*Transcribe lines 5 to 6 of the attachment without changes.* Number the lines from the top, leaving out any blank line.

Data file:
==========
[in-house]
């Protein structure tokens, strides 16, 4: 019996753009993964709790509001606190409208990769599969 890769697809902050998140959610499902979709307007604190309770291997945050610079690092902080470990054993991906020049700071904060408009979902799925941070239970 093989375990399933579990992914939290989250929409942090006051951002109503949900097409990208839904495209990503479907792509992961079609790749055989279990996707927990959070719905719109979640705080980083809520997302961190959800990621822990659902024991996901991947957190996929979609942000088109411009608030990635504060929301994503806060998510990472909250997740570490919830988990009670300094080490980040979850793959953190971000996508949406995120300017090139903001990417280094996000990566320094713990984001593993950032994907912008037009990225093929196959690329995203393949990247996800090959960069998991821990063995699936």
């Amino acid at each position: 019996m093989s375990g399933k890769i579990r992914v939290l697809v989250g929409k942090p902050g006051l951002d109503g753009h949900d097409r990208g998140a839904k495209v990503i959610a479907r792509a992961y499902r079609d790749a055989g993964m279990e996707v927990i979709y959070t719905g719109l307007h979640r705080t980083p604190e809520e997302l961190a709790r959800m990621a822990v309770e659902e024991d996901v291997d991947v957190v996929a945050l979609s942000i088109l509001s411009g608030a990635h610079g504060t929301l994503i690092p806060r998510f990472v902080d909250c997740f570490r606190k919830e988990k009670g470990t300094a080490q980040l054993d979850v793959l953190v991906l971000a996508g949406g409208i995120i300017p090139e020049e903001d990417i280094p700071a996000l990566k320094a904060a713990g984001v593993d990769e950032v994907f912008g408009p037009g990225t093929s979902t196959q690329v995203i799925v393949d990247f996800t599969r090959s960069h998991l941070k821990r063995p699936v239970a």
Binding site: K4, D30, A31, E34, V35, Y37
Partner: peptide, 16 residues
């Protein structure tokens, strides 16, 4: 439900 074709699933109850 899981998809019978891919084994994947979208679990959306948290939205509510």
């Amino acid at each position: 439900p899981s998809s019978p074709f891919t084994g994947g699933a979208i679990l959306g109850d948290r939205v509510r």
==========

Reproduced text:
Partner: peptide, 16 residues
């Protein structure tokens, strides 16, 4: 439900 074709699933109850 899981998809019978891919084994994947979208679990959306948290939205509510």